“Mama Joy” Chatel passes away
by Shane Miller
Jan 16, 2014 | 5267 views | 0 0 comments | 32 32 recommendations | email to a friend | print
Joy Chatel, a community activist perhaps best known for her fight to preserve the Abolitionist legacy of Downtown Brooklyn, passed away at Methodist Hospital on January 8 after a battle with respiratory disease.

“Mama Joy is an ancestor now,” said daughter Shawne Lee.

In 2007, Chatel successfully fought a plan by the city to seize her home at 227 Duffield Street through eminent domain to make way for a park and underground parking garage. The home once belonged to Thomas and Harriet Truesdell, prominent Abolitionist in the mid-19th century.

Downtown Brooklyn, most notably Plymouth Church on Hicks Street, was at the center of the Abolitionist movement in New York City. Chatel and many others believed that her home, as well as 231 Duffield and 436 Gold Street, were stops on the Underground Railroad because the structures were connected by tunnels.

Chatel would often open up her home to visitors to see the tunnel. In 2007, Duffield Street was co-named “Abolitionist Place.” Chatel also formed 227 Abolitionist Place, a group dedicated to turning her home into a museum.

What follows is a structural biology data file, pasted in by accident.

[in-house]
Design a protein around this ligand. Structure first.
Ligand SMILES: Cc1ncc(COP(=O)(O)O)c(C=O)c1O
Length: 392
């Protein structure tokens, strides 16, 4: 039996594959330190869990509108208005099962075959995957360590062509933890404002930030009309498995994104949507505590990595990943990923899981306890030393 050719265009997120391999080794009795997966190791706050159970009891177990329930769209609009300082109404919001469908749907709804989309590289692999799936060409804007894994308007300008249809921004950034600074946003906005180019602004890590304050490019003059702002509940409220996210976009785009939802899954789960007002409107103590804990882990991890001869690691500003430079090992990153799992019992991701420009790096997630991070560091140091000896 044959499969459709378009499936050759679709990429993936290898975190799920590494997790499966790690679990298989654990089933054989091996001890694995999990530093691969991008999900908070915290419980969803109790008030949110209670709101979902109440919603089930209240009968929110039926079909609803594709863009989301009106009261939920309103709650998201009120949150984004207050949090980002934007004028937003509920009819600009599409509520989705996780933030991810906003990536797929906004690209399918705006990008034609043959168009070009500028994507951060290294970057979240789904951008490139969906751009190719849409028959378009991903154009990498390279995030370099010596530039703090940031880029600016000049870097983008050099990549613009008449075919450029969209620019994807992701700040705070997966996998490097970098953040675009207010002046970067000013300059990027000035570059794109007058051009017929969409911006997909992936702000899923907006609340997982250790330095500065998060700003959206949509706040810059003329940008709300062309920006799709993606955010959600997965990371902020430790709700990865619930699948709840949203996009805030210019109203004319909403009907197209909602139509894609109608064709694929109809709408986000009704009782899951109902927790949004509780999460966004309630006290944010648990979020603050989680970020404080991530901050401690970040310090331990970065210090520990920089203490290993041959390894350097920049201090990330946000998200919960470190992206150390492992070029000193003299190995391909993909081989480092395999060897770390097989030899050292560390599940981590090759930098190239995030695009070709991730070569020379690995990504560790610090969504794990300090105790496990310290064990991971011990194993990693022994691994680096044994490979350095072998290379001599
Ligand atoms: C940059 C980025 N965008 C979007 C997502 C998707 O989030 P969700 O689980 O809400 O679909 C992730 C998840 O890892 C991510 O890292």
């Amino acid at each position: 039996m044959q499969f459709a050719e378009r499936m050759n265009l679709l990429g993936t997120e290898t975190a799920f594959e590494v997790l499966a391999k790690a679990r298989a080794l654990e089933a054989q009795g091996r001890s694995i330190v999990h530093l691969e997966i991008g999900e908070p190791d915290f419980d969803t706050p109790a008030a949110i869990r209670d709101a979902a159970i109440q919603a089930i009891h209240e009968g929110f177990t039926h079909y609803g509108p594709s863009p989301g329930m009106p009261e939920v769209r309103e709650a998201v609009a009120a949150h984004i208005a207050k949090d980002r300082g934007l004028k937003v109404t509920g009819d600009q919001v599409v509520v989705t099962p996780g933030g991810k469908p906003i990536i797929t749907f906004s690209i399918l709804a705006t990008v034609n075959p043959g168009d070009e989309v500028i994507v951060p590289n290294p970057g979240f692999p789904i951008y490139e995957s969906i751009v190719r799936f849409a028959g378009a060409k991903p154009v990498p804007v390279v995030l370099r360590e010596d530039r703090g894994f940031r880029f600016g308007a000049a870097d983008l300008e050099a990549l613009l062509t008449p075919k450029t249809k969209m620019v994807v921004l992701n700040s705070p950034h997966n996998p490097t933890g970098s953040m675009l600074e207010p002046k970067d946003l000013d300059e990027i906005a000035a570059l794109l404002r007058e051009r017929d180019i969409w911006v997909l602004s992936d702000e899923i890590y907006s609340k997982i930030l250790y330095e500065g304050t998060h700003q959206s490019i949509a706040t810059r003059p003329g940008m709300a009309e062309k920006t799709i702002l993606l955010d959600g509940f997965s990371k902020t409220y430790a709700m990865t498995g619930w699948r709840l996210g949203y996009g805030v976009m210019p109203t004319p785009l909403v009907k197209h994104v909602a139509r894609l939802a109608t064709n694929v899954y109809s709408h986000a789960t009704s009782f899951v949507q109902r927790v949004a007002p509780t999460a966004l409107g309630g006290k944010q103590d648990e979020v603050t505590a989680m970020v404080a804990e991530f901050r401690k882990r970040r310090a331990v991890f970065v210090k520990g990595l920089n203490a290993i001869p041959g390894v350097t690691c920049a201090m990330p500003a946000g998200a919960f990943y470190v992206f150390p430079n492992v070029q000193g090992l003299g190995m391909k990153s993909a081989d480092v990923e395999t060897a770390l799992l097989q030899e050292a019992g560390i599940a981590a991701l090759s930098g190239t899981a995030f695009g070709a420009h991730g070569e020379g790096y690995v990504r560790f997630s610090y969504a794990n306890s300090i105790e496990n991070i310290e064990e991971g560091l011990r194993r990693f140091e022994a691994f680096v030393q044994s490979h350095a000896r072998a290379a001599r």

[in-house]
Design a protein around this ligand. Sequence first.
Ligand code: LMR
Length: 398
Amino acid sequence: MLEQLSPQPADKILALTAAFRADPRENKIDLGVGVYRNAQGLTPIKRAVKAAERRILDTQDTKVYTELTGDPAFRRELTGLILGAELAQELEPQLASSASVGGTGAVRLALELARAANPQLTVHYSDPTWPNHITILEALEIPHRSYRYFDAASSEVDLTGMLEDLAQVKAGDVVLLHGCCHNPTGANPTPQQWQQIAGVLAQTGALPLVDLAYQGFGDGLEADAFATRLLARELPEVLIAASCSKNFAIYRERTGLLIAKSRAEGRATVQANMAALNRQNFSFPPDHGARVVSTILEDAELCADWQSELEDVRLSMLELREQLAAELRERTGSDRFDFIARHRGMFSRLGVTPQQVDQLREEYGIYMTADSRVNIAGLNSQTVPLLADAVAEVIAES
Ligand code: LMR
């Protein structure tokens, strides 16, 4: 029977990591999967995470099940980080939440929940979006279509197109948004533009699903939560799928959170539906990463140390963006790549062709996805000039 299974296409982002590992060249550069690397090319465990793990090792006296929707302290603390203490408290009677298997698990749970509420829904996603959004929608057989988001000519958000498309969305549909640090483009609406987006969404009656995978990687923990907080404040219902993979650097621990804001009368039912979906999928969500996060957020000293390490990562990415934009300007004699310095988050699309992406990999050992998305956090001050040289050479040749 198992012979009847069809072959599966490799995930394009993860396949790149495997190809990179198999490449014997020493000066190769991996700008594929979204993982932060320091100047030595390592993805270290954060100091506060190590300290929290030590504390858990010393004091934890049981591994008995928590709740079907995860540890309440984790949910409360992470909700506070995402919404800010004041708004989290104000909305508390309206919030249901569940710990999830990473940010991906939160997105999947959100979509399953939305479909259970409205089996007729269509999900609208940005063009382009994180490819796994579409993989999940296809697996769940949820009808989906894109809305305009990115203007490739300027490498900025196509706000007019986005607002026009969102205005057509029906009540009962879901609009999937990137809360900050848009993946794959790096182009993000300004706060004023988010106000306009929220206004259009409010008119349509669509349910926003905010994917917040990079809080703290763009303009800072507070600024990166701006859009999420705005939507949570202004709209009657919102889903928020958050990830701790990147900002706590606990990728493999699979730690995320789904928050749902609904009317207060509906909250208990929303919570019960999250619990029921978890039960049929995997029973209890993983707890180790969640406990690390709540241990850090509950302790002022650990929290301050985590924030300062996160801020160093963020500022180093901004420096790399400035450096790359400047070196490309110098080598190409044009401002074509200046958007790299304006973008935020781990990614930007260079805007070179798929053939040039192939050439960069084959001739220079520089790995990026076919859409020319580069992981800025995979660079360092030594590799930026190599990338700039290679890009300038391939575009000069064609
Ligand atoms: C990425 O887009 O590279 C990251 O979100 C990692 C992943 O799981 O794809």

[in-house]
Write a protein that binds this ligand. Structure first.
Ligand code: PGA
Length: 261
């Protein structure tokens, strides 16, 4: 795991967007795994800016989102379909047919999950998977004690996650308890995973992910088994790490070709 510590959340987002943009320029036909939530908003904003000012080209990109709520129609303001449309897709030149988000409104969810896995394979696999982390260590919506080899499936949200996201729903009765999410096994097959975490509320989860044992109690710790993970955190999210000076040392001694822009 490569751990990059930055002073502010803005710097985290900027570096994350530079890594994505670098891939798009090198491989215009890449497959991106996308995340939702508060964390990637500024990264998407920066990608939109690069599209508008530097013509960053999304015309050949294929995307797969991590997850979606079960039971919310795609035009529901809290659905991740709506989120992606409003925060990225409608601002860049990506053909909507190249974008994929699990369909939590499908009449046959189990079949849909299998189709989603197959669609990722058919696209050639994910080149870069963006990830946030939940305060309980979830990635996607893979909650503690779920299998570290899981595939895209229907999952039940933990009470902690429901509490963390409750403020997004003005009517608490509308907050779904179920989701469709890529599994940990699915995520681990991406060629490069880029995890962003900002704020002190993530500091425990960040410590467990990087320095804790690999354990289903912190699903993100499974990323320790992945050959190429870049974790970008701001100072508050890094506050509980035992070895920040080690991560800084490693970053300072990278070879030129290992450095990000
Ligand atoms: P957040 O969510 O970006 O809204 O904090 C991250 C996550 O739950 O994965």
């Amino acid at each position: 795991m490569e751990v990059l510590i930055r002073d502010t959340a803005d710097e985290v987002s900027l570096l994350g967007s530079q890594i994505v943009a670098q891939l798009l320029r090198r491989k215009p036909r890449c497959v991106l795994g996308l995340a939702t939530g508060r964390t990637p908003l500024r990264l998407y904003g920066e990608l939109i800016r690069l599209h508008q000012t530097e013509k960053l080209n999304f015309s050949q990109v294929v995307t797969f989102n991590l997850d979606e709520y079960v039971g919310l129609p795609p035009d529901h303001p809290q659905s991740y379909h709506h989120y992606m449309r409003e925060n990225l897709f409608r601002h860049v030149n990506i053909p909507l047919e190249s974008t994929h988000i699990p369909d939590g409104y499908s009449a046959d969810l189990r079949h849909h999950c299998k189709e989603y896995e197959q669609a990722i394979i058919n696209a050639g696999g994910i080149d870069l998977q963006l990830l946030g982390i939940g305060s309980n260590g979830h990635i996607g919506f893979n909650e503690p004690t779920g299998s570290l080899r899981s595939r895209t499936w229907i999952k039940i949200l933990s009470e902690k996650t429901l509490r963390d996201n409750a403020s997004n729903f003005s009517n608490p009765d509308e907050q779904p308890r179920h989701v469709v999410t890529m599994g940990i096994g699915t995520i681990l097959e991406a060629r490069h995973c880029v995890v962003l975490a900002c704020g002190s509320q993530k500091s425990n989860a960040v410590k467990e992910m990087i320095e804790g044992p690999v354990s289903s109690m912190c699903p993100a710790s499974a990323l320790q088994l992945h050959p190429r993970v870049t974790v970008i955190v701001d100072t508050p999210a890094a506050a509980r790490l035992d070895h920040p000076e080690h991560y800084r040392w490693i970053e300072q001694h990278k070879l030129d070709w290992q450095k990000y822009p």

“I continue to be inspired and energized by Mama Joy’s selfless dedication to Brooklyn’s Underground Railroad history,” said Public Advocate Letitia James. “I will strive to carry her spirit onward.”

In addition to her preservation efforts, Chatel was also a board member of Families Untied for Racial and Economic Equality, and over the years was an active member of the PTA in Districts 13 and 22.

Joy was very clear about one thing: she wanted to make sure her home was open for all to see, with our own eyes, the tunnels used by enslaved people escaping to freedom in the Underground Railroad,” said Valery Jean, executive director of FUREE. “Mama Joy wanted us all to know the history of Downtown Brooklyn, the history before the high rises, hotels and the Barclays Center.

“She was also very clear that community development should be led by all people from all walks of life and not just developers that have little interest in maintaining the diverse fabric of a community,” Jean added.

Chatel is survived by her mother, three children, one brother, one sister, 13 grandchildren and four great grandchildren, as well as numerous uncles, aunts, and cousins.

Funeral services were scheduled for January 16 at Frank R. Bell Funeral Home in Prospect Heights.

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